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EC number: 216-823-5
CAS number: 1675-54-3
Based on the chemical oxygen demand for the test material, the
test material attained 5% degradation after 28 days and therefore cannot
be considered to be readily biodegradable under the strict terms and
conditions of OECD Guideline No 301F.
The compound specific analyses conducted
on Day 0 using gas chromatography analysis showed the measured
concentrations in the test material plus inoculum vessels to range from
87% to 90% of the nominal value. In
the abiotic test material vessels the measured concentrations ranged
from 92% to 99% of the nominal value. Examination
of the chromatograms from Day 0 of the test period showed one peak
attributable to the test material in all vessels containing the test
The compound specific analyses conducted
on Day 28 showed measured concentrations in the test material plus
inoculum vessels to range from 15% to 16% of nominal values. Two
new peaks in the chromatogram were identified as the mono-diol and
di-diol of the test material using liquid chromatography mass
the abiotic vessels the measured concentration of the test material was
9% of the nominal value with two additional peaks which were identified
as the mono-diol and di-diol of the test material using liquid
chromatography mass spectrometry.
Although the results from chemical
analysis on Day 28 indicated that there was an approximate 85% loss of
test material from the inoculated test material vessels, this loss was
considered not to be due to biological degradation as a similar loss was
observed in the abiotic vessels. The
two additional peaks shown in the chromatograms of the test material and
abiotic control vessels analysed using liquid chromatography mass
spectrometry on Day 28 confirmed that hydrolysis of the test material
occurred over the test period.
The oxygen consumption values from the
inoculated test material vessels confirmed no biological degradation of
the test material occurred over the test period.
Table 1: BOD and
Mean Biodegradation (%)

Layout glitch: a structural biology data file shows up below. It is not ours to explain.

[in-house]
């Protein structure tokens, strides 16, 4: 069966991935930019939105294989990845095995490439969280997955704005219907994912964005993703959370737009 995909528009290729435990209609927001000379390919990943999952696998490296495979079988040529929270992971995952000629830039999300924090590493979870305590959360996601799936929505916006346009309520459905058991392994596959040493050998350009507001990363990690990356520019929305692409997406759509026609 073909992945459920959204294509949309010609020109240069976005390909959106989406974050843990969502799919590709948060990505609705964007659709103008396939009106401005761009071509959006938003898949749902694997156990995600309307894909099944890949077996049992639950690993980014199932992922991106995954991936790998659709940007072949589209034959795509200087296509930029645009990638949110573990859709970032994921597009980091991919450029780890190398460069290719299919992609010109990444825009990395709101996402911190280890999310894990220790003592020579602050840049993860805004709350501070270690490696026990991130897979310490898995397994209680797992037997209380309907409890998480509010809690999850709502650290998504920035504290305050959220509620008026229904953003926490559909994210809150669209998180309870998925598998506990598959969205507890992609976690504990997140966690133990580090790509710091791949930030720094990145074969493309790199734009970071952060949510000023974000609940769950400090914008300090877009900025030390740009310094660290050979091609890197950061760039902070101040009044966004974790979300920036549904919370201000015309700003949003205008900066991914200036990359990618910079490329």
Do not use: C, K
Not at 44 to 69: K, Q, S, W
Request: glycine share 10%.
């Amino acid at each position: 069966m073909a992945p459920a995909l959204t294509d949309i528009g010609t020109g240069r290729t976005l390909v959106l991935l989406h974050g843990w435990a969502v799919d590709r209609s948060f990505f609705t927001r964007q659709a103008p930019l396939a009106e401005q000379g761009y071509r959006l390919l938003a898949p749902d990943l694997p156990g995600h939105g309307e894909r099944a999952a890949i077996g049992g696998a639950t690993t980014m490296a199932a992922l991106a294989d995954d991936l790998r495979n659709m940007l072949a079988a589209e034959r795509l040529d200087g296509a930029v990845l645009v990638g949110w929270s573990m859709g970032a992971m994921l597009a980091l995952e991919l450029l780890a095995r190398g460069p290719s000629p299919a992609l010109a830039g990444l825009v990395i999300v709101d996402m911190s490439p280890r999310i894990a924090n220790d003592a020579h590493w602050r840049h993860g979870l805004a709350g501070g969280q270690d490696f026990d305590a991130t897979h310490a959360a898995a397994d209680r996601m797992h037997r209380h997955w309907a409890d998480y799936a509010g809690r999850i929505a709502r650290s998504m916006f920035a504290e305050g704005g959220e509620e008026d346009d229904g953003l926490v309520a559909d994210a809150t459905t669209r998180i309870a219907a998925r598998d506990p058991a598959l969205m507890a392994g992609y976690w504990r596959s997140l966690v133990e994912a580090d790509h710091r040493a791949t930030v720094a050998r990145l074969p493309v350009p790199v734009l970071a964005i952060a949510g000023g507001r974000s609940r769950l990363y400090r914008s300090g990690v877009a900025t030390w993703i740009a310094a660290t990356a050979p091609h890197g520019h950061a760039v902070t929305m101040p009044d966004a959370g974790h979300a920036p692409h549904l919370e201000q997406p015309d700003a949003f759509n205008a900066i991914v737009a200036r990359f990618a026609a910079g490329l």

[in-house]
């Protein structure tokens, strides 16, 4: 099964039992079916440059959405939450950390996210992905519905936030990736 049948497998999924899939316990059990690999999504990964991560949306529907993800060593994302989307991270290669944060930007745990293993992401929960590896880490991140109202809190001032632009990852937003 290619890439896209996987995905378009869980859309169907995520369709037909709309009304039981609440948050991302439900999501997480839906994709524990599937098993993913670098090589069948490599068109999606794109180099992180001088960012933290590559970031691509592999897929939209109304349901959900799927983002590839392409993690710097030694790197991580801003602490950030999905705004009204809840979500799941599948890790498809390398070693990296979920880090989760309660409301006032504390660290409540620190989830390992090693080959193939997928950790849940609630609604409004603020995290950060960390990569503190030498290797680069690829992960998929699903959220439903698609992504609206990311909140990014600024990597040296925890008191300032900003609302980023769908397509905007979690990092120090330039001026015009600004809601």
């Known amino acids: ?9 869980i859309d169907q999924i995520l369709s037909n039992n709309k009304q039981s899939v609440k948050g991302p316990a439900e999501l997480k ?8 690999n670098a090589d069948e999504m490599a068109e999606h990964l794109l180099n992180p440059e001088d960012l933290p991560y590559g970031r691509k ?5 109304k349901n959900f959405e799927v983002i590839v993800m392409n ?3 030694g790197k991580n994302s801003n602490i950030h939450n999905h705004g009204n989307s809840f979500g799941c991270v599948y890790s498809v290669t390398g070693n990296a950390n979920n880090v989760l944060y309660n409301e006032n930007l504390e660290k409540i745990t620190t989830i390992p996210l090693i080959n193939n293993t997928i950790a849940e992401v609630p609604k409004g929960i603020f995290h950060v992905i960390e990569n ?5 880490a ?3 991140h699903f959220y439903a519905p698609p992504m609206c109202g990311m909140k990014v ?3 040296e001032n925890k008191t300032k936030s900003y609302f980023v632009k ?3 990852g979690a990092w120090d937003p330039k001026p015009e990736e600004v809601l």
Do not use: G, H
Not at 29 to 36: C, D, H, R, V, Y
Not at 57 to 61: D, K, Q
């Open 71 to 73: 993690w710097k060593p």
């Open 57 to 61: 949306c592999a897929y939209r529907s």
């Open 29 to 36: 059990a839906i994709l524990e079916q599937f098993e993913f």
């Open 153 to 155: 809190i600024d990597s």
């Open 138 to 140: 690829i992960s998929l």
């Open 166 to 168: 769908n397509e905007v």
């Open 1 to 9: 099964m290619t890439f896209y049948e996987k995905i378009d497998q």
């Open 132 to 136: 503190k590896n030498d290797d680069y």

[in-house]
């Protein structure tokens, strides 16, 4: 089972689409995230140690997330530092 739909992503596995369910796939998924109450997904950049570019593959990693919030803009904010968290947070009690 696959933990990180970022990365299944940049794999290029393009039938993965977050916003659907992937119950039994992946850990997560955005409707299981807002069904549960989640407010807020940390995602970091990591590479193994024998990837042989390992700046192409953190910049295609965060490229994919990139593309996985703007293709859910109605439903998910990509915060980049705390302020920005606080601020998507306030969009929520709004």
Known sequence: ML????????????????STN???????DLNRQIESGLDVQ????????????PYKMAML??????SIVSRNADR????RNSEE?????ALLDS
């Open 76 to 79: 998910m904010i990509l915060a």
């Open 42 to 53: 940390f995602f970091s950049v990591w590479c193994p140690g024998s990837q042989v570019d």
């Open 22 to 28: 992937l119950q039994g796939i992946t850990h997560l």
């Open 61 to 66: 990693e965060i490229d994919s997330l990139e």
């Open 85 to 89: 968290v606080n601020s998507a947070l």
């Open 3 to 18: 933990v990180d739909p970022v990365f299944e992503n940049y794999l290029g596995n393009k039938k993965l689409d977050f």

R2= Replicates 1 and 2
The material has been tested for biodegradation in an enhanced ready
test following the OECD 301F (oxygen depletion) design. Enhancement
consisted of coating the material to silica gel to address the low
solubility and the high viscosity of the test material. For a series of
similar materials (epoxydes), respiration rates in test vessels were
significantly lower than in the controls. This is taken as a sign of
inhibition of the inoculum that is more relevant than the toxicity
control. Based on these findings, test material concentration was
reduced to 20 mg/l. After 28 days of exposure, 5% of the test material
has mineralised. Test material specific analysis revealed a substantial
elimination of the diepoxide with the mono- and di-diol as relevant
products formed. At termination of the study (day 28) 18% of the initial
measured concentration could be recovered. The same elimination was
observed in the inhibited reactions mixtures (sodium azide) indicating
that this is not due to a biological process (Harlan, 2010). The pseudo
first order rate of elimination in activated sludge at 20 °C is - 0.0565
Not readily biodegradable. Significant hydrolysis to form mono- and di-diol from the di-epoxides at a rate of -0.0565 [1/d] at 20°C.
Testing according to the modified Sturm test (OECD 301B) at 10 and 20 mg
DOC per Litre (approx 13 and 27 mg test material/L) indicated only
limited mineralisation of 6 and 12%, respectively, which is attributed
to the low solubility of the test material (Ciba-Geigy Limited 1985).
Likewise, BOD testing at 10 mg/L ThOD (approx 4 mg/L test material)
showed no decrease in Oxygen at day 5, 10 and 20 (TDCC, 1975).
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